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Vivint Makes Leap from Home Security to Solar Leasing

<p>The company has been focused on home automation and security since its founding in 1999, but is expanding its reach into the alternative energy market, funding 2,400 solar installations across four states.</p>

Vivint, a home automation and security company, has announced a new solar division and residential solar leasing services. The launching of a new division, Vivint Solar, included a financing commitment of $75 million in renewable energy tax equity from a subsidiary of U.S. Bancorp.

Select customers began using the solar leasing service in July and the fund will finance a projected pipeline of 2,400 residential solar installations in New Jersey, Utah, Hawaii and New York.

Founded in 1999, Vivint s grown its home security business to a current size of 5,000 employees. The company manages its own sales and operations, installation, customer service, and professional services.

"We see solar as an easy additional service to better serve our customers," said Todd Pedersen, CEO and Founder of Vivint. "We considered partnering [for leasing services] but already are highly efficient in installations. We have more capability to scale and expand the market."

For the residential solar leasing program, Vivint Solar offers customers the service via power purchasing agreements as a way to reduce up-front, capital costs. For the hardware, Vivint is working with microinverter provider Enphase Energy and mounting system supplier Zep Solar.

While the solar industry is facing consolidation and current political and market challenges, Vivint Solar will still compete with formidable direct-to-consumer players such SolarCity, SunPower, and Sungevity, among others.

Launching the solar division also follows an earlier expansion by Vivint into home energy management services. In February 2011, Vivint began integrating home energy control services -- such as remote thermostat control, smart appliance integration, and lighting controls -- with its central panel for security surveillance and monitoring.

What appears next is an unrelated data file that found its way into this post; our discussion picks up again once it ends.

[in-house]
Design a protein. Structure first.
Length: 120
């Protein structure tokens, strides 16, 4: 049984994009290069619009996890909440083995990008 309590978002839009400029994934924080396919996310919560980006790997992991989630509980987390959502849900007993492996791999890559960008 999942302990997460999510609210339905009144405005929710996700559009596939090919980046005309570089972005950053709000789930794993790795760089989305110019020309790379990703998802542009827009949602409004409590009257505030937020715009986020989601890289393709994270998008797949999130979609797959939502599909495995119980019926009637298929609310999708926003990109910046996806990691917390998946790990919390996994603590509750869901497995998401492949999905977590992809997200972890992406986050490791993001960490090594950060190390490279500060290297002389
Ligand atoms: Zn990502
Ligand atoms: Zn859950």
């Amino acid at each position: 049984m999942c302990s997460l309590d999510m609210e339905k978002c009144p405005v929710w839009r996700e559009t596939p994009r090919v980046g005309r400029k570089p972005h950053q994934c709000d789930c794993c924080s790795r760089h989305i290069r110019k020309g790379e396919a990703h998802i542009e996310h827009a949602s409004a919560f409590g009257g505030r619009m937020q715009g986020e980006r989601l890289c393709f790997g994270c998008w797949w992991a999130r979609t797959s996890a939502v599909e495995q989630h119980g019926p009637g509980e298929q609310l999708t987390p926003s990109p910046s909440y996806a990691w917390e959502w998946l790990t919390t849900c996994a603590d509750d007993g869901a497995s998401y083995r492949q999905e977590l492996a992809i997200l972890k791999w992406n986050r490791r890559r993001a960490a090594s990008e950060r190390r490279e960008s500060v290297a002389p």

The home energy management market has faced its own struggles with Google and Microsoft backing out of web-based energy monitoring products earlier this summer. But others, such as Control4, iControl, and 4Home (purchased last year by Motorola), have sufficient investment backing to continue for now.

Still, Pedersen is confident his company can compete, "We have a robust offering…and with more than 500,000 paying customers, we haven't felt to the need to raise outside money."

Tanguy Serra, president of Vivint Solar, says 55 percent of current Vivint customers surveyed are willing to add new services beyond home security offerings. With the integration of residential solar generation and home energy management services -- as well tapping energy storage potential for EVs -- the "smart home" of the future is a target for Vivint's business model.

"[Solar energy] is big step for our long-term strategy" Serra said. "As solar feeds back into home, it creates a cheaper energy service for customers and can have a direct impact on the grid."

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